Creating an Equitable Clean Energy Future: Engaging Local Communities in Project Planning and Development
Clean energy is booming across the United States, thanks to historic investments from the Bipartisan Infrastructure Law and Inflation Reduction Act.
While the clean energy transition offers massive economic and job creation potential and a plethora of health, environmental and climate benefits, it is critical large public and private investments benefit workers and communities who need it most. Community benefits agreements, community benefits plans, and other project agreements are important tools that can help create a space for people to have a say in the future of their communities and make the clean energy transition more equitable.
While community benefits agreements have been around for many years and have been employed in the context of stadium, airport and other infrastructure projects, there is an increasing focus on applying them in the clean energy sector. The Department of Energy (DOE) now requires grant proposal submissions to include community benefit plans, which differ from community benefits agreements and require project developers applying for DOE funding to clarify how they will engage with a wide range of stakeholders, such as labor unions and community-based organizations to provide benefits to communities. Local governments are also beginning to enact community benefits ordinances, which require project developers to engage with the community to provide community benefits and address the harmful impacts of projects, while some states are requiring community benefits agreements as part of their economic development processes.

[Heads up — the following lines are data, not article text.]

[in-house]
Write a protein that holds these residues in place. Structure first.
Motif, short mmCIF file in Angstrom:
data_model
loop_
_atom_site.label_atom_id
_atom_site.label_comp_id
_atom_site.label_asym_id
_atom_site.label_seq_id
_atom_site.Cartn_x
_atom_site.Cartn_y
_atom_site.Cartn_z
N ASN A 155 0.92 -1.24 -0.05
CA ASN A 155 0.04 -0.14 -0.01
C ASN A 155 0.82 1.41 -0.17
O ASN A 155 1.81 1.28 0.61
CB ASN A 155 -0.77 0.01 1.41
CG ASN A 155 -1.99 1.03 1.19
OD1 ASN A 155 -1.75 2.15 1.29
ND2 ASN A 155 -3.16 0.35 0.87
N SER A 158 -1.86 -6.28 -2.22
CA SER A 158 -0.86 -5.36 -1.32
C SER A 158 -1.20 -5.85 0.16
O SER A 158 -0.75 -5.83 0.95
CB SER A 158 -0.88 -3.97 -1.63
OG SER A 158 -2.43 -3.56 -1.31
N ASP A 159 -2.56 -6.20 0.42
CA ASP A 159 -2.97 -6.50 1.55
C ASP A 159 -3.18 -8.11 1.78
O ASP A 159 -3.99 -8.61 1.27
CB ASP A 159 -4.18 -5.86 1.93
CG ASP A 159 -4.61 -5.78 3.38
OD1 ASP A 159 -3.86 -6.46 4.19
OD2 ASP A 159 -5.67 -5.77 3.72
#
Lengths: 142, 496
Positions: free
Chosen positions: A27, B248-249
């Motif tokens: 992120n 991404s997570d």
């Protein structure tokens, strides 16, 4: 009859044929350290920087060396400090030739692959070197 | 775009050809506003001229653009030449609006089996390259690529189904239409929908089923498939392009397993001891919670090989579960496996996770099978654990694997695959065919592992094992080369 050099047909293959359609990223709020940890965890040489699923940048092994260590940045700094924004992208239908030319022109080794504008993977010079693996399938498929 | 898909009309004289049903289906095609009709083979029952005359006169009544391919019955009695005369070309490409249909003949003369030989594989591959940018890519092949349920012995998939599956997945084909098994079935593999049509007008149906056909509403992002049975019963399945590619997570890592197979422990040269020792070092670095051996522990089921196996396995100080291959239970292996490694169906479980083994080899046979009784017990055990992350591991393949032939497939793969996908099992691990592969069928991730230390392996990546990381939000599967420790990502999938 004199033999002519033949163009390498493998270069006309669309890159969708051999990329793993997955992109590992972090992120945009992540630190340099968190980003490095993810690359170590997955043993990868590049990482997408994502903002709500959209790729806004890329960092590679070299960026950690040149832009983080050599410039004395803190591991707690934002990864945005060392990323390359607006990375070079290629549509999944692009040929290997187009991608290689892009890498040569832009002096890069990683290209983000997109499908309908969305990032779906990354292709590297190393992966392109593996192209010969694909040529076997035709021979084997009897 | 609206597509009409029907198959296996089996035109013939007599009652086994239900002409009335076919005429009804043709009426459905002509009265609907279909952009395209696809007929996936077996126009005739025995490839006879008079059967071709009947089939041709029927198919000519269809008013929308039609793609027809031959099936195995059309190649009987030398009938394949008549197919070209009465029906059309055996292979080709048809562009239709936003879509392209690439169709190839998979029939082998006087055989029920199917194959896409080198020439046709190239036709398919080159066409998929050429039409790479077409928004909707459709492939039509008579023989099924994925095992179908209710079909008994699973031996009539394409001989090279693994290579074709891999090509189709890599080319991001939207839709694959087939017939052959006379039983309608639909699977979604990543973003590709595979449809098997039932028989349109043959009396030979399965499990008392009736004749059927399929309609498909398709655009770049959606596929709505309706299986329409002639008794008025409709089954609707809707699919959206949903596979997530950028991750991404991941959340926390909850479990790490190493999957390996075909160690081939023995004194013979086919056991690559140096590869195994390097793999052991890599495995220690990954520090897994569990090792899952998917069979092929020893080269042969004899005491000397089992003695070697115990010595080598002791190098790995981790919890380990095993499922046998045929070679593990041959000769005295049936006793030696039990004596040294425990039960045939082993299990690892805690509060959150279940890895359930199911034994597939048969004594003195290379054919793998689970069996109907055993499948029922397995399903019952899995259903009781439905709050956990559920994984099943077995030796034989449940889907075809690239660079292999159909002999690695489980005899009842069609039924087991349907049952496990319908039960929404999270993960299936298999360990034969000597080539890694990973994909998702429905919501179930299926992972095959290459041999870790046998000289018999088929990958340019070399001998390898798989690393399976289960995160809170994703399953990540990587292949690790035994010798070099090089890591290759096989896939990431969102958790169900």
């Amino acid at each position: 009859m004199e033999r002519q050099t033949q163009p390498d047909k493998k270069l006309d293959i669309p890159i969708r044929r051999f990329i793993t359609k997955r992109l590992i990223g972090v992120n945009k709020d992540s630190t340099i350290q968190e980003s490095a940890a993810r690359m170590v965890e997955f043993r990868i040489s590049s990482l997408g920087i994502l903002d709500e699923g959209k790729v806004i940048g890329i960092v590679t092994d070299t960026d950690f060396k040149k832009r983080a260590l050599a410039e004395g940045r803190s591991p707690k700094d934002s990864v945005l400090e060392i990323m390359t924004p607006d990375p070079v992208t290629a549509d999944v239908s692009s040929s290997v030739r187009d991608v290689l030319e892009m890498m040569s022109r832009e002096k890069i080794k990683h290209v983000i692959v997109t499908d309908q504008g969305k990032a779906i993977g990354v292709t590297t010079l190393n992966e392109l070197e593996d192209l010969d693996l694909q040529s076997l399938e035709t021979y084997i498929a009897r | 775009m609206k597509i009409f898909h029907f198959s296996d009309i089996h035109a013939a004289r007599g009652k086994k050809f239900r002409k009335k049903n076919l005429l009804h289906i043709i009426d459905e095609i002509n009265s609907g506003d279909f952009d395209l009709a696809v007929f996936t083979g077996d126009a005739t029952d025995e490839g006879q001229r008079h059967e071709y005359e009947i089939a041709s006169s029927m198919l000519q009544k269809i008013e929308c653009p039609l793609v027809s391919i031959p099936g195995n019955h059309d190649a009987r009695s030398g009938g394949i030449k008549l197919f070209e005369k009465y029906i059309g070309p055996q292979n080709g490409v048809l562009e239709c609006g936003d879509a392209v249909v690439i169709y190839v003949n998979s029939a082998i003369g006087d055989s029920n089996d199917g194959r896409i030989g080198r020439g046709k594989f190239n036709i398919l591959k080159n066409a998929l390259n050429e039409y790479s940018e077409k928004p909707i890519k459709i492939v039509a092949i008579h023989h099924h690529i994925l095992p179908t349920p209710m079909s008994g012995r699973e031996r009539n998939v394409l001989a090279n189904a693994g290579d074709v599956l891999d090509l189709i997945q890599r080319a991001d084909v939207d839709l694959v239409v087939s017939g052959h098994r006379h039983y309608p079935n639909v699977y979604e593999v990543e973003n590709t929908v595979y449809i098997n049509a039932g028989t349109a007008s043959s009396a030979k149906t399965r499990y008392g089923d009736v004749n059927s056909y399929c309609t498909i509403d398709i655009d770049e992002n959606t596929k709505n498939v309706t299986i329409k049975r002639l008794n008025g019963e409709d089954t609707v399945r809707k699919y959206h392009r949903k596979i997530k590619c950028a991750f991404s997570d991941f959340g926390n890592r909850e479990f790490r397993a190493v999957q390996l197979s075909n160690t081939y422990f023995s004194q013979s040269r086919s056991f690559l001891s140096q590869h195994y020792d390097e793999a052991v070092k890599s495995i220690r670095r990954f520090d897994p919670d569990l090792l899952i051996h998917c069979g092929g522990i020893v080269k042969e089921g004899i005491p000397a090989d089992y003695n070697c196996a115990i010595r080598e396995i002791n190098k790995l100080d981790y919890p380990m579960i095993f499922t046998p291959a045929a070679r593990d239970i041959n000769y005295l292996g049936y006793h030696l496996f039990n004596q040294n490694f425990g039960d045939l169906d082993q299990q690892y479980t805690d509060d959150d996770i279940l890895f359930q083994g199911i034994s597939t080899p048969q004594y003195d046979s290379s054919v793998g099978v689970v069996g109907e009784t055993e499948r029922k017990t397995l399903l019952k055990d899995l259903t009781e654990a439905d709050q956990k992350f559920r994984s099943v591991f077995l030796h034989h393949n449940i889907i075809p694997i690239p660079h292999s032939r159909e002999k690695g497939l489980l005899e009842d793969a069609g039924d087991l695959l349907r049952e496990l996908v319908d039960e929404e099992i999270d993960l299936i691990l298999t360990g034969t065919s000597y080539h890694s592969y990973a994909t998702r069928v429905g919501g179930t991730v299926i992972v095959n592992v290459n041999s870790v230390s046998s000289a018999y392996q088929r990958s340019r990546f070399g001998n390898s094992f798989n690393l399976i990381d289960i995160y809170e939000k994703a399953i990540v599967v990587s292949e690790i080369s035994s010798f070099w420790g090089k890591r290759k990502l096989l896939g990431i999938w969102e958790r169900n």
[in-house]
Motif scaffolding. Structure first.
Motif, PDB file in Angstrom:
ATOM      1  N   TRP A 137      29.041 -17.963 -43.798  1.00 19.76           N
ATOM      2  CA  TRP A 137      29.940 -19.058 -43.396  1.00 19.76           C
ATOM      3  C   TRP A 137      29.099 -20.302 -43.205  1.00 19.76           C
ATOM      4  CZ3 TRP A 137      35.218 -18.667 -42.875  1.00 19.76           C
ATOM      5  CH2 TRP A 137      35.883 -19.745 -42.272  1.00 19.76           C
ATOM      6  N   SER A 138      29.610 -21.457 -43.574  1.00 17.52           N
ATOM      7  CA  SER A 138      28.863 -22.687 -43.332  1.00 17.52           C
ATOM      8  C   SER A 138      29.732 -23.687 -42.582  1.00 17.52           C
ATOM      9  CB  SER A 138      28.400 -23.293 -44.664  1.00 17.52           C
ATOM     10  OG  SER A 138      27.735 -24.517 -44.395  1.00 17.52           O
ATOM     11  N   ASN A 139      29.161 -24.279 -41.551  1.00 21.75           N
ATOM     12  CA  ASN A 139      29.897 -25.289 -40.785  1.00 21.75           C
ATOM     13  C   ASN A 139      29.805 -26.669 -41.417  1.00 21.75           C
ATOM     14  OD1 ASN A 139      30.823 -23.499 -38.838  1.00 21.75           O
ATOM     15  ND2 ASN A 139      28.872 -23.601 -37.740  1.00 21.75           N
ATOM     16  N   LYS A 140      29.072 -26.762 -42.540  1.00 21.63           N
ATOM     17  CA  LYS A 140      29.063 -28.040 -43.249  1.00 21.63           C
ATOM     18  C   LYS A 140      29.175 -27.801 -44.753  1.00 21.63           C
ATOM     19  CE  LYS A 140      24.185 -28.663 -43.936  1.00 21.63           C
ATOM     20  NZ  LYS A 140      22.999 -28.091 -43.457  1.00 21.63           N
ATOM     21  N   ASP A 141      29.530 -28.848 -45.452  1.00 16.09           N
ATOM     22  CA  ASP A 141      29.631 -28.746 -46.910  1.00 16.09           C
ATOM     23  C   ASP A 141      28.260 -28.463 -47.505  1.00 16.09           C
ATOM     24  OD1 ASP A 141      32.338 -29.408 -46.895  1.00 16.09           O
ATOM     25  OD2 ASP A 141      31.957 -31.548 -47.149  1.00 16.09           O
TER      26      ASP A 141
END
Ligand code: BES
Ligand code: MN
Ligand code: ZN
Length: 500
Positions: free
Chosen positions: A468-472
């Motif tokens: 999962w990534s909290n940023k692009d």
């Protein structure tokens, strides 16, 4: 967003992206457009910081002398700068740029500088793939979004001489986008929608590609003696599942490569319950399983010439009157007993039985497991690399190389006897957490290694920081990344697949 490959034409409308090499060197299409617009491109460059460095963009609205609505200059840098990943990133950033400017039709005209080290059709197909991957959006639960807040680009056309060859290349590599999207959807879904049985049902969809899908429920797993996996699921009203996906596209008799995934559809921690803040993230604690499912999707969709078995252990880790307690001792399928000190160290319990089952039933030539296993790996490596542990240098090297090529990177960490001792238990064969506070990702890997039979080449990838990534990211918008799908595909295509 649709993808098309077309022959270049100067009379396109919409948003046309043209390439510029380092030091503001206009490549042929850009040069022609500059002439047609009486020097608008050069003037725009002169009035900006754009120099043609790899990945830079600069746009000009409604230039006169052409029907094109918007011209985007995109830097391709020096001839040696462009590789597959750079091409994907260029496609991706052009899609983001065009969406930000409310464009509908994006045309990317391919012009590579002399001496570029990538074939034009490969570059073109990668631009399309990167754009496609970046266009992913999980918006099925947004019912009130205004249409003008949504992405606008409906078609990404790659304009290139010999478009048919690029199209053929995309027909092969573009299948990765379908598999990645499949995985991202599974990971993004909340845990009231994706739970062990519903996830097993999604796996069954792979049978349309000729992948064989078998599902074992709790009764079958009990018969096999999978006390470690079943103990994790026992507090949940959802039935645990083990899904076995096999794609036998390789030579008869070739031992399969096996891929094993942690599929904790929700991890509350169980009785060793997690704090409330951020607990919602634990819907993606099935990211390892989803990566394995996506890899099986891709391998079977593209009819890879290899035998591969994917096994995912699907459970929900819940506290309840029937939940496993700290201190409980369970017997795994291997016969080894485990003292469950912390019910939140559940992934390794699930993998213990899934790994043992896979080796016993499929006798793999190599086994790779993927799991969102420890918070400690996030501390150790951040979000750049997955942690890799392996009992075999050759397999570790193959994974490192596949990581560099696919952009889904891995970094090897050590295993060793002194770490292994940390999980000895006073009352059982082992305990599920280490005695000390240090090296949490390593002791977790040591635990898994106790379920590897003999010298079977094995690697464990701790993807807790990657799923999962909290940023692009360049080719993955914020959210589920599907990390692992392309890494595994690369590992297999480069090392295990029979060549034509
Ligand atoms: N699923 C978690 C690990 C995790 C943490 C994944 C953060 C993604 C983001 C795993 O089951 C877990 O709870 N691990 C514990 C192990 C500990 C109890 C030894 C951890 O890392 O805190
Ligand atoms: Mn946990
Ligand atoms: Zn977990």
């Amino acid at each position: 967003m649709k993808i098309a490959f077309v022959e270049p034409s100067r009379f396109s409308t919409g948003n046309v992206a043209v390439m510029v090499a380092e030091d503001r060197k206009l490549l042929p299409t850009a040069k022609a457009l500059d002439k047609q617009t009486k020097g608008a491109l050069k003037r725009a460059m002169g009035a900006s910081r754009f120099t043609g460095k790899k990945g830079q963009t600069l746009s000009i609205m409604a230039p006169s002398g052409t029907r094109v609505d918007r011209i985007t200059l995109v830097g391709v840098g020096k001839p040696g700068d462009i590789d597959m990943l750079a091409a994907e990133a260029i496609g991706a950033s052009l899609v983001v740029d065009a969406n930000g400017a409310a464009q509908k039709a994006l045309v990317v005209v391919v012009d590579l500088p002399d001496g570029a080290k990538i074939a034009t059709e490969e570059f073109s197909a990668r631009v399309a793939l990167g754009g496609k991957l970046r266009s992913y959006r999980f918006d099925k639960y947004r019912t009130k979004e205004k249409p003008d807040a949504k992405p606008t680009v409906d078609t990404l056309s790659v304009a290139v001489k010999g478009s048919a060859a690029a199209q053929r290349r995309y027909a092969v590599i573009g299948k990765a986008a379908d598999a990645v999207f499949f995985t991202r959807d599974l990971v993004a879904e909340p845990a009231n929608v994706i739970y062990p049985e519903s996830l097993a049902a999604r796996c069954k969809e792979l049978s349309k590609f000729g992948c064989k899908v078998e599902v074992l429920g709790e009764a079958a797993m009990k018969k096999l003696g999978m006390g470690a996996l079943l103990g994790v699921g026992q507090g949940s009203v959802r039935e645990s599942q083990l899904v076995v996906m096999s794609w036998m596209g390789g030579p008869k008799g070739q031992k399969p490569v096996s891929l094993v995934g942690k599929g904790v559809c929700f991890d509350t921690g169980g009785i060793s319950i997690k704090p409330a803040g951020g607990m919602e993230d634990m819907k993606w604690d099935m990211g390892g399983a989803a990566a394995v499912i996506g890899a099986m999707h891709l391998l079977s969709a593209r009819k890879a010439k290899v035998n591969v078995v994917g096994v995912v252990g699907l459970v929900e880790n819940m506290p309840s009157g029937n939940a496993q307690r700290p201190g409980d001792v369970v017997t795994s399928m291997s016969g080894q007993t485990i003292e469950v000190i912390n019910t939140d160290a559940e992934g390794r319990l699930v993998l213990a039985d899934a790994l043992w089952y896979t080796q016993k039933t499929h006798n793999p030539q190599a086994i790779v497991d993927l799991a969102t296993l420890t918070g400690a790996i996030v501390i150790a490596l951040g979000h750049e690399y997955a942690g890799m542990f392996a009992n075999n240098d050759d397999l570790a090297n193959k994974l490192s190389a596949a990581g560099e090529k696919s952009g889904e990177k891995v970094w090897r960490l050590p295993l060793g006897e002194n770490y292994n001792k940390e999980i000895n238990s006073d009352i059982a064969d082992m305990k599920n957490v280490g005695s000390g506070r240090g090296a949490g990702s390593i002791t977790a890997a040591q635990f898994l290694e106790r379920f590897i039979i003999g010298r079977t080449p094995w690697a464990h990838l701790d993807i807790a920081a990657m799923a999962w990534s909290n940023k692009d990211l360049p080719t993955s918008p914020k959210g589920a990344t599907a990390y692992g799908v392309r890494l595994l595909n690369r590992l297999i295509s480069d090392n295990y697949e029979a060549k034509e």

Join WRI and Data for Progress for a discussion about the importance of community benefits agreements and community benefits plans in facilitating an equitable clean energy development. The webinar will feature a conversation with Betony Jones, Director of the Office of Energy Jobs at DOE, about the federal government’s role in facilitating the process between stakeholders in the development of community benefits plans. That will be followed by a panel discussion with experts and practitioners to discuss the fundamentals, barriers and opportunities to expand the best practices of community benefits agreements and the role of different stakeholders in working together across clean energy projects.
- Betony Jones, Director of the Office of Energy Jobs, Department of Energy
- Carla Walker, Director of Environmental Justice and Equity, U.S., World Resources Institute
- Amanda Woodrum ,Co-Director, Reimagine Appalachia
- Melanie Prasad, Legal Director, Jobs to Move America
- Grace Adcox, Polling Analyst, Data for Progress (Moderator)
- Other speakers to be confirmed